When There is No Will, How is the Administrator of an Estate Chosen?

When a person dies without leaving a will, this is referred to as dying intestate. Under this circumstance, the person who is appointed to administer the estate is referred to as an administrator, in contrast to an executor who is appointed to administer the estate of someone who died with a will. In an intestate estate, the official document which are issued by the Register of Wills to the Administrator is called Letters of Administration. The Register of Wills determines who will be granted Letters of Administration primarily on the order of preference stated in the Pennsylvania Probate & Fiduciary Code (“Probate Code”) and of his examination of the petition submitted to him by the party or parties seeking Letters.

Section 3155 of the Probate Code sets forth the order in which parties with an interest in an intestate estate are preferred for appointment. The right to administer the estate is based upon the size of the interest of the applicant and not upon the closeness of his relationship to the decedent. Therefore, if an interest in the estate has been forfeited for any reason, the right to serve as administrator is also lost. Under Section 3155, the order of preference is: 
(1) Surviving spouse. Facts which would disqualify a surviving spouse include a pending divorce action if there is grounds for divorce or the signed release of the right to be appointed such as might be contained in a prenuptial agreement. 
(2) Other persons who are entitled to inherit from the decedent under the intestate laws. First in line would be children or other issue (lineal descendants) if any. If there are no issue, then parents of the decedent. If there are no parents living, then brothers or sisters of the decedent or their issue (nieces and nephews and their children). The statutory list of relatives goes on from there.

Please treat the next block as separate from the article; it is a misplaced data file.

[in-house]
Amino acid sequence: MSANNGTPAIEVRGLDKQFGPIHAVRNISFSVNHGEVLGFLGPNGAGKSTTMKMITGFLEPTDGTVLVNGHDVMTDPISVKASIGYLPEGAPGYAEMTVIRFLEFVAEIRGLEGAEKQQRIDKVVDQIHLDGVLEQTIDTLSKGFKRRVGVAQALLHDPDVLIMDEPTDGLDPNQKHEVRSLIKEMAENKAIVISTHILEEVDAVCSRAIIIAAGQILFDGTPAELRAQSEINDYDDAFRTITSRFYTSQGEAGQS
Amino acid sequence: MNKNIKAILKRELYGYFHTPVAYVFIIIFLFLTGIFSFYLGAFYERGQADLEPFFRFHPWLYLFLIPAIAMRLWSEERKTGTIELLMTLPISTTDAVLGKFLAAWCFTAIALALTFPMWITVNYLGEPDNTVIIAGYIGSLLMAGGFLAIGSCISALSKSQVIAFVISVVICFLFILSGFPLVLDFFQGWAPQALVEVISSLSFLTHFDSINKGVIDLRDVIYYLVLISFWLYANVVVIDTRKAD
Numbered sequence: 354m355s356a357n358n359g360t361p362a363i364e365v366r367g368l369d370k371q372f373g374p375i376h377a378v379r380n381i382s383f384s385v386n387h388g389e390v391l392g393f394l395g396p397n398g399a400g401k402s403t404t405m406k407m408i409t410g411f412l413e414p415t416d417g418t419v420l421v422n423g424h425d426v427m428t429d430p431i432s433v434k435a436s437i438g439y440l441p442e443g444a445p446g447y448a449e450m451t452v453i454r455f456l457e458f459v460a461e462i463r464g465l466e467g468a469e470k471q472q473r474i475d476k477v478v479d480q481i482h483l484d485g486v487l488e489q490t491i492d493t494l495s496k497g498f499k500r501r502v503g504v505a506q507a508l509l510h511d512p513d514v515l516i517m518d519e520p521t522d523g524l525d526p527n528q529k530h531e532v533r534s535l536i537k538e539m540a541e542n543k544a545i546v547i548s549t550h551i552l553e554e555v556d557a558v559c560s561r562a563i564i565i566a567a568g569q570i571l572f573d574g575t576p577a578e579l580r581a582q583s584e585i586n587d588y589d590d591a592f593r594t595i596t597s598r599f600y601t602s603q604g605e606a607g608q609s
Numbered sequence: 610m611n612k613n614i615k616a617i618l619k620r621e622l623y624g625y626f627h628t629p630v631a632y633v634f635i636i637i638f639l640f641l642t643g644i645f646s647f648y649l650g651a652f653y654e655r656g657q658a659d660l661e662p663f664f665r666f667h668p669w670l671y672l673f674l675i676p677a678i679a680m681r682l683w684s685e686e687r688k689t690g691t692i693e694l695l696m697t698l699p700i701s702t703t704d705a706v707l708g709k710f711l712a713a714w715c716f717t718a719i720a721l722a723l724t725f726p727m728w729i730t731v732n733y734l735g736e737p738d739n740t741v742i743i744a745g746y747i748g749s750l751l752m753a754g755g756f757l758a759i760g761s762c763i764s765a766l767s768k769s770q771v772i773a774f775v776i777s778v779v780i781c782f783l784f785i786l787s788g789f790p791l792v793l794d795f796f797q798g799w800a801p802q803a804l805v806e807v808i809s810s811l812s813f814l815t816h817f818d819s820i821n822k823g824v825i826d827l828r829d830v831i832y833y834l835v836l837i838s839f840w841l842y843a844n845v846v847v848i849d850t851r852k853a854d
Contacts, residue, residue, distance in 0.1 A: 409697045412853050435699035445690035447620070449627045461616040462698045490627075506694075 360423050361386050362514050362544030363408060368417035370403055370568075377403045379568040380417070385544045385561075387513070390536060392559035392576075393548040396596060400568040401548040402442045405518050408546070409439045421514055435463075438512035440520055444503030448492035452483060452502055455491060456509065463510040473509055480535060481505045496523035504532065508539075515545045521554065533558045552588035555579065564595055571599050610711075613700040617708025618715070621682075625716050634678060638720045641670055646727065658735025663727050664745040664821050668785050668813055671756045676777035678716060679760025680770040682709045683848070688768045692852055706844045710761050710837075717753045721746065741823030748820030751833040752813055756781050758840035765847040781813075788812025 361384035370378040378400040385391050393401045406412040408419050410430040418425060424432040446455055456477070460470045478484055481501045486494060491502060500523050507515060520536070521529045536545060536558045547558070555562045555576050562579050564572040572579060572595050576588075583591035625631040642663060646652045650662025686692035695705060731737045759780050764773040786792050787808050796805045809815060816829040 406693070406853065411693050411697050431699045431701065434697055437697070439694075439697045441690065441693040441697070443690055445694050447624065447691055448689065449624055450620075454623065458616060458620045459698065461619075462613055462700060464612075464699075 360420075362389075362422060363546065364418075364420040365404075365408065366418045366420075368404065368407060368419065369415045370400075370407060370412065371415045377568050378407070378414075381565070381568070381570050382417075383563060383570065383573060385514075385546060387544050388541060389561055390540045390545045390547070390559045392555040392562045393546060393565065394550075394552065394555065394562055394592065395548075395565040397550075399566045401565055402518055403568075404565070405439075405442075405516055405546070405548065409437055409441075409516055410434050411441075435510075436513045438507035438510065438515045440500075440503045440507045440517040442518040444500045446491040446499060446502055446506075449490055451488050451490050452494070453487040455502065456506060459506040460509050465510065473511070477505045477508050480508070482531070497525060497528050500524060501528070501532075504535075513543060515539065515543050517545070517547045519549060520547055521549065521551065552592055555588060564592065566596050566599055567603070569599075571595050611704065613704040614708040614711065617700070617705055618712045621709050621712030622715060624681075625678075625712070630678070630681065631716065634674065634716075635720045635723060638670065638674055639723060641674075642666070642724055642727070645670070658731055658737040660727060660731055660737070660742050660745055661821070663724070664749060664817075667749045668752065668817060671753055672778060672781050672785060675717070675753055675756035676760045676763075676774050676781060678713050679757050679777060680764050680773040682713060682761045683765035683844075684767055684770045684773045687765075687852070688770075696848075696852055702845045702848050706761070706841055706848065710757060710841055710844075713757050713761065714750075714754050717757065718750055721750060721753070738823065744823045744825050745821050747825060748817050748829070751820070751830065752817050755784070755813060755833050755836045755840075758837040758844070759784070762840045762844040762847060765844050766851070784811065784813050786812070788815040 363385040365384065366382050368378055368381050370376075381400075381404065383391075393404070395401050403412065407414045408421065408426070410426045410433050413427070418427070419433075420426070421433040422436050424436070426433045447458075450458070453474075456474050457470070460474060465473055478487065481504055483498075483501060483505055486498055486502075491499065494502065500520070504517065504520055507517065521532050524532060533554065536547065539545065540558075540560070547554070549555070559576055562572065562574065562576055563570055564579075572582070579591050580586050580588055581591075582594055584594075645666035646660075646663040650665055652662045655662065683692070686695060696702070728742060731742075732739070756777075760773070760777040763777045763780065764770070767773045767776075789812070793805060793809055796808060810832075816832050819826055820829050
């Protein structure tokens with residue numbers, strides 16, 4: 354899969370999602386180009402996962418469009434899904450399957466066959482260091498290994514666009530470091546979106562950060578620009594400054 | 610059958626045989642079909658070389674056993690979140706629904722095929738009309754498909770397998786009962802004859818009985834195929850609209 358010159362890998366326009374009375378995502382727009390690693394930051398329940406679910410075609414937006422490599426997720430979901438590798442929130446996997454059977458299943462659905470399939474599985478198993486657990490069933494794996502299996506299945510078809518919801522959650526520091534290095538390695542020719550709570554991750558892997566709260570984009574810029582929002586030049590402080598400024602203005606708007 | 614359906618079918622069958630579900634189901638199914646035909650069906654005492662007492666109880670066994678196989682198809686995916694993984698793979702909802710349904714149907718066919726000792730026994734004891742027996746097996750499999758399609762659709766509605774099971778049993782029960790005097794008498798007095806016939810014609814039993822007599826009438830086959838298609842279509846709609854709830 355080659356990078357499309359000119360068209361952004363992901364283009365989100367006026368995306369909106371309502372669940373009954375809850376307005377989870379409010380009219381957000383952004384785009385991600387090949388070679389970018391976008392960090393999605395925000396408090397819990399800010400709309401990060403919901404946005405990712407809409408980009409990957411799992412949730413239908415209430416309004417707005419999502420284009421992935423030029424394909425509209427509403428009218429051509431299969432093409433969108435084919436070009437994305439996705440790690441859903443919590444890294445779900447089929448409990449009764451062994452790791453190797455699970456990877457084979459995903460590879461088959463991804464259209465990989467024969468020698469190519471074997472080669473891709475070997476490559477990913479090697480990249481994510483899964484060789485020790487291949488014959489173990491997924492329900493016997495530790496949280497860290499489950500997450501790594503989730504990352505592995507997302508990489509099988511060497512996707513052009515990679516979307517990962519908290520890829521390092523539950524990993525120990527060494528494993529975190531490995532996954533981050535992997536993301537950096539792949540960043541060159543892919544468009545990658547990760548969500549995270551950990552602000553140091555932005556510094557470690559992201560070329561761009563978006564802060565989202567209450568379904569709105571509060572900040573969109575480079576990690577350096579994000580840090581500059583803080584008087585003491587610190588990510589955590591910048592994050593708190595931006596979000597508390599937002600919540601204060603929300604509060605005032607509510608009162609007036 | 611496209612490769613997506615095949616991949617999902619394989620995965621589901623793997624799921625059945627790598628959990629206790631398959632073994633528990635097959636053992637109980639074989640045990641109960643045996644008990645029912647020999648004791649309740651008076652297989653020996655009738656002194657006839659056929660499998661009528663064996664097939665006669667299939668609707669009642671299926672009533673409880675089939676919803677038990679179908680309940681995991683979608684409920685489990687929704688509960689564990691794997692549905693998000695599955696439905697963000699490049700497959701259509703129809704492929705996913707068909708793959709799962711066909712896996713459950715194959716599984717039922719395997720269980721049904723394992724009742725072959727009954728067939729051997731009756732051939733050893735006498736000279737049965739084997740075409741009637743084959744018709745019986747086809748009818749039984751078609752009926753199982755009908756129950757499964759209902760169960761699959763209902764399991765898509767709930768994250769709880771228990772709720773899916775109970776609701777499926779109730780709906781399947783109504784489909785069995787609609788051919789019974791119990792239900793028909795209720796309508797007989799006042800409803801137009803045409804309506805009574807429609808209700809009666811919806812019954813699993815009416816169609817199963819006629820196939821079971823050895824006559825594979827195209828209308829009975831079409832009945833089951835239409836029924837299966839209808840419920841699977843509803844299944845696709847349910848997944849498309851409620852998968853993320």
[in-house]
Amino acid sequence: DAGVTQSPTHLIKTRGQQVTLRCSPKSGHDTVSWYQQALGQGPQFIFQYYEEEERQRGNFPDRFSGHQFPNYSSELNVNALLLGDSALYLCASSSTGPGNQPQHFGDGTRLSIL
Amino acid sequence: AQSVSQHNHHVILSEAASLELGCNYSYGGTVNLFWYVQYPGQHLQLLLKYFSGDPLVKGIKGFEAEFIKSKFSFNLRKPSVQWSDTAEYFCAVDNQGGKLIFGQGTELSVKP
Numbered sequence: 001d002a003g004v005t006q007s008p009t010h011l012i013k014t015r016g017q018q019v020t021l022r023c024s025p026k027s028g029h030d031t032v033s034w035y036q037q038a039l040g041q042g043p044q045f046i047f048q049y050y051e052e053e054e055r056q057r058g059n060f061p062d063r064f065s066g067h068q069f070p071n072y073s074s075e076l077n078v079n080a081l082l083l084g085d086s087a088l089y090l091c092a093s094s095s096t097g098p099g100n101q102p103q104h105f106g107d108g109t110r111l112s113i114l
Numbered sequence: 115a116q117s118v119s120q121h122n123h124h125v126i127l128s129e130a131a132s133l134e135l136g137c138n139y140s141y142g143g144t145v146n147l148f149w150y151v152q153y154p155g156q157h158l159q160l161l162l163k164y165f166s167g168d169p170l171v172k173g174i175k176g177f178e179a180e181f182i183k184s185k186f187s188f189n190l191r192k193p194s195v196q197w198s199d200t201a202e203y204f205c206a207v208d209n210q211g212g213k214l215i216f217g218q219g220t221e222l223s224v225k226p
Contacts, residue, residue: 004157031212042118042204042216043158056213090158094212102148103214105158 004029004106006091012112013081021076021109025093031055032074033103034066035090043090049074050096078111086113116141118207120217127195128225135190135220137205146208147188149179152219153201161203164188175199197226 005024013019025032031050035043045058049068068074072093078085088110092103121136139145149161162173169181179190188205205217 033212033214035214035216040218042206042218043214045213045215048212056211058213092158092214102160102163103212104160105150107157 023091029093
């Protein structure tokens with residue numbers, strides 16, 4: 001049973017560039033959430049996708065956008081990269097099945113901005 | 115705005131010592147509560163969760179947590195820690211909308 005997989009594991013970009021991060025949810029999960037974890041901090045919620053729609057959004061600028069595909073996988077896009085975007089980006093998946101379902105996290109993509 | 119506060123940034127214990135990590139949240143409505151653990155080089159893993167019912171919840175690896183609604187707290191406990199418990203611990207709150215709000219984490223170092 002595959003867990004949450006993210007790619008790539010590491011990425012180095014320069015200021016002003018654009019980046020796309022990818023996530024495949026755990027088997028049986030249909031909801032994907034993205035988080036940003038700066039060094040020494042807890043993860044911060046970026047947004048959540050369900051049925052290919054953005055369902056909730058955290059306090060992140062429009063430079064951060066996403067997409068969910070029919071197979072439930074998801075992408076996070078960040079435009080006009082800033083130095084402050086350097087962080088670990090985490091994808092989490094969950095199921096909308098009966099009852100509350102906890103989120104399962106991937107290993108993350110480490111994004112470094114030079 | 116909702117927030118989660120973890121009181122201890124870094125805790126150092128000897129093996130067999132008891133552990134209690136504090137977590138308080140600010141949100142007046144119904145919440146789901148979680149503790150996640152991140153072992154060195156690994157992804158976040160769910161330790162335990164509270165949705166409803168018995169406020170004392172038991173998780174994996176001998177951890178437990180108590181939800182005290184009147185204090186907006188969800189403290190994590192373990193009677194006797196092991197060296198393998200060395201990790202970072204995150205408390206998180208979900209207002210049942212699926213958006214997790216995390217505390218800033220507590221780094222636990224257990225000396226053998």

(3) Principal creditors of the decedent at the time of his death. 
(4) Other fit persons. 
(5) A guardianship support agency serving as Guardian of an incapacitated person who dies during its administration.

Certain people are specifically excluded as a candidate to be the Administrator. Those people include: (A) a person under 18 years of age; (B) a corporation; and (C) a person found to be unfit by the Register of Wills. The Register of Wills has discretion in determining whether a party is fit to serve and his decision will generally only be overturned if the court has determined the Register has abused his discretion. 
Where two or more people fall within the same class of people designated by the Code, each of them have the right to be appointed provided they are deemed fit. In such a case, the Register would likely appoint them as co-administrators.

As with most situations, there are always circumstances which can create exceptions and results which are less than obvious at first. Call one of our experienced estate and probate attorneys to discuss your estate administration questions at 610-323-7464.